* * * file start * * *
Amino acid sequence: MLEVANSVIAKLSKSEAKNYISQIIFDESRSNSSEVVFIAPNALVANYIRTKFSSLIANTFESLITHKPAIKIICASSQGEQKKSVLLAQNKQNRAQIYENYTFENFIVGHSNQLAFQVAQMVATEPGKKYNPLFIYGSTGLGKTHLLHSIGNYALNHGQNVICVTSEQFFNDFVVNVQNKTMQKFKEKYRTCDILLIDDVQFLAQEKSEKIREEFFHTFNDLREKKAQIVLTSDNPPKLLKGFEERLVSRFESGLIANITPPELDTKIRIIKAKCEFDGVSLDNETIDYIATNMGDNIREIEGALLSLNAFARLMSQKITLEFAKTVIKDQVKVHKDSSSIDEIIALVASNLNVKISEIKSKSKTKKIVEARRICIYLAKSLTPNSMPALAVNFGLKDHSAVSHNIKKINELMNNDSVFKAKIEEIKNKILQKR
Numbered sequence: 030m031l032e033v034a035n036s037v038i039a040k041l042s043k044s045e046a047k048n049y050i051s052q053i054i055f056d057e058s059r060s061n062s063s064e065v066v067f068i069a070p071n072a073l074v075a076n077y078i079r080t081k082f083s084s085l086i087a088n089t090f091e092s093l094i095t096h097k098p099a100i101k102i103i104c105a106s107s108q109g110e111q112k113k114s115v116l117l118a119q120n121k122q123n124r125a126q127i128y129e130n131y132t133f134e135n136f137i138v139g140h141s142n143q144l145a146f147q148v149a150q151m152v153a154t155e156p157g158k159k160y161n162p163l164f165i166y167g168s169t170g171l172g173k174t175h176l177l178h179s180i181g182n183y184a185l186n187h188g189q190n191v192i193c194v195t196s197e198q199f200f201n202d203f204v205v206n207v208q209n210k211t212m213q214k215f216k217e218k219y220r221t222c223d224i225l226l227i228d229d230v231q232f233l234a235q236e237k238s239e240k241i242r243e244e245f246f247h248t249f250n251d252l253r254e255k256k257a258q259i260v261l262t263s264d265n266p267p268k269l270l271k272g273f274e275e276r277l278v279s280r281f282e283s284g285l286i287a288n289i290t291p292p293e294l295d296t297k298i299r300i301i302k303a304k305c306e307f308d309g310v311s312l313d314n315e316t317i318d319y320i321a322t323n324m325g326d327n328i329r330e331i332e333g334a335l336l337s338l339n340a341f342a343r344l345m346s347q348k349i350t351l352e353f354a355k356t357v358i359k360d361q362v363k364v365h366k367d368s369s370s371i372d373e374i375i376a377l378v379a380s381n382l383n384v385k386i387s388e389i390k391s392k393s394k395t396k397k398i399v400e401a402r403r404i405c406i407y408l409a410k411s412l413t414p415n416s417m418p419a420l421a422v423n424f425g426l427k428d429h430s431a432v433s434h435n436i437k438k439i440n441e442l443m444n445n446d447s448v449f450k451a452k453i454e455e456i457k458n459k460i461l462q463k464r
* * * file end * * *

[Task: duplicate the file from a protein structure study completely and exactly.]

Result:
Amino acid sequence: MLEVANSVIAKLSKSEAKNYISQIIFDESRSNSSEVVFIAPNALVANYIRTKFSSLIANTFESLITHKPAIKIICASSQGEQKKSVLLAQNKQNRAQIYENYTFENFIVGHSNQLAFQVAQMVATEPGKKYNPLFIYGSTGLGKTHLLHSIGNYALNHGQNVICVTSEQFFNDFVVNVQNKTMQKFKEKYRTCDILLIDDVQFLAQEKSEKIREEFFHTFNDLREKKAQIVLTSDNPPKLLKGFEERLVSRFESGLIANITPPELDTKIRIIKAKCEFDGVSLDNETIDYIATNMGDNIREIEGALLSLNAFARLMSQKITLEFAKTVIKDQVKVHKDSSSIDEIIALVASNLNVKISEIKSKSKTKKIVEARRICIYLAKSLTPNSMPALAVNFGLKDHSAVSHNIKKINELMNNDSVFKAKIEEIKNKILQKR
Numbered sequence: 030m031l032e033v034a035n036s037v038i039a040k041l042s043k044s045e046a047k048n049y050i051s052q053i054i055f056d057e058s059r060s061n062s063s064e065v066v067f068i069a070p071n072a073l074v075a076n077y078i079r080t081k082f083s084s085l086i087a088n089t090f091e092s093l094i095t096h097k098p099a100i101k102i103i104c105a106s107s108q109g110e111q112k113k114s115v116l117l118a119q120n121k122q123n124r125a126q127i128y129e130n131y132t133f134e135n136f137i138v139g140h141s142n143q144l145a146f147q148v149a150q151m152v153a154t155e156p157g158k159k160y161n162p163l164f165i166y167g168s169t170g171l172g173k174t175h176l177l178h179s180i181g182n183y184a185l186n187h188g189q190n191v192i193c194v195t196s197e198q199f200f201n202d203f204v205v206n207v208q209n210k211t212m213q214k215f216k217e218k219y220r221t222c223d224i225l226l227i228d229d230v231q232f233l234a235q236e237k238s239e240k241i242r243e244e245f246f247h248t249f250n251d252l253r254e255k256k257a258q259i260v261l262t263s264d265n266p267p268k269l270l271k272g273f274e275e276r277l278v279s280r281f282e283s284g285l286i287a288n289i290t291p292p293e294l295d296t297k298i299r300i301i302k303a304k305c306e307f308d309g310v311s312l313d314n315e316t317i318d319y320i321a322t323n324m325g326d327n328i329r330e331i332e333g334a335l336l337s338l339n340a341f342a343r344l345m346s347q348k349i350t351l352e353f354a355k356t357v358i359k360d361q362v363k364v365h366k367d368s369s370s371i372d373e374i375i376a377l378v379a380s381n382l383n384v385k386i387s388e389i390k391s392k393s394k395t396k397k398i399v400e401a402r403r404i405c406i407y408l409a410k411s412l413t414p415n416s417m418p419a420l421a422v423n424f425g426l427k428d429h430s431a432v433s434h435n436i437k438k439i440n441e442l443m444n445n446d447s448v449f450k451a452k453i454e455e456i457k458n459k460i461l462q463k464r